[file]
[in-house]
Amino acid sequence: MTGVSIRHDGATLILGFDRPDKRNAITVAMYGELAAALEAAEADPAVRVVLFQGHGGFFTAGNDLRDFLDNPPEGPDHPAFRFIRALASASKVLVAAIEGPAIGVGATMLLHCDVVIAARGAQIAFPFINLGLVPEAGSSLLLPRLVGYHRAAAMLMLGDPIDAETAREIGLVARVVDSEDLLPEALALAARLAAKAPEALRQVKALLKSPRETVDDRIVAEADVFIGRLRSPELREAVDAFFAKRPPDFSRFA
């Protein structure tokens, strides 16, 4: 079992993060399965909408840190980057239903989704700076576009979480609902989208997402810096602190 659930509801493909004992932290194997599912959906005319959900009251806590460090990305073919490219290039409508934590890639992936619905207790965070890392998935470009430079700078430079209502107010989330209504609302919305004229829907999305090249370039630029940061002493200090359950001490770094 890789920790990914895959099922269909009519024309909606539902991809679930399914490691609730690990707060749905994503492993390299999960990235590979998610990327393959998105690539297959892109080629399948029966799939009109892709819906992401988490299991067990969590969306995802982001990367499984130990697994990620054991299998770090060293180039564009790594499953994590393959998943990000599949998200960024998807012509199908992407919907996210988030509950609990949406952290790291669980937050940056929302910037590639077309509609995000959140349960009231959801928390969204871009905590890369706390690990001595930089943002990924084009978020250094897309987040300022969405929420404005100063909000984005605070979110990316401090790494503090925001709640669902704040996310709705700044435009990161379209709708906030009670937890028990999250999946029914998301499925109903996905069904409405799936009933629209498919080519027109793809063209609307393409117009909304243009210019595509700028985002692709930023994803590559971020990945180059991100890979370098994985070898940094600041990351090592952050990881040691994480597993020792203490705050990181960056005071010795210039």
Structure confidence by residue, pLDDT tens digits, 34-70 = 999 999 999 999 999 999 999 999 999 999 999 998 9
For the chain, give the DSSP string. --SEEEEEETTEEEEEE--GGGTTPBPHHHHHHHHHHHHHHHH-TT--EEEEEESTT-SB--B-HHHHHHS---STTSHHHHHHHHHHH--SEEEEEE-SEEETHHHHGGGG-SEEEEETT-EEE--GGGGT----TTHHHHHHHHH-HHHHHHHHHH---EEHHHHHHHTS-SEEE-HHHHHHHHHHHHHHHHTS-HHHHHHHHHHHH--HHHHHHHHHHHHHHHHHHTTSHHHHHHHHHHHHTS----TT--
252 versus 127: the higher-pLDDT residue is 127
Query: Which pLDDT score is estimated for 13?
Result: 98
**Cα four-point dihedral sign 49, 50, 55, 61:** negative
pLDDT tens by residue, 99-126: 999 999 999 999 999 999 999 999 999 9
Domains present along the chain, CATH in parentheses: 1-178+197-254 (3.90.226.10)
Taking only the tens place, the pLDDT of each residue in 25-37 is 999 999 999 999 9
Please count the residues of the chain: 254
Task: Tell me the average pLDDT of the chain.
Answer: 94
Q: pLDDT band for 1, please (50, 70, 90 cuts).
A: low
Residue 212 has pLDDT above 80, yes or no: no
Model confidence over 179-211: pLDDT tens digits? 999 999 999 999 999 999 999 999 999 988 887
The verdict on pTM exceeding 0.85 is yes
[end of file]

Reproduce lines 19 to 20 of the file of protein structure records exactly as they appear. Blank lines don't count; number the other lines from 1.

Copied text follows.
Model confidence over 179-211: pLDDT tens digits? 999 999 999 999 999 999 999 999 999 988 887
The verdict on pTM exceeding 0.85 is yes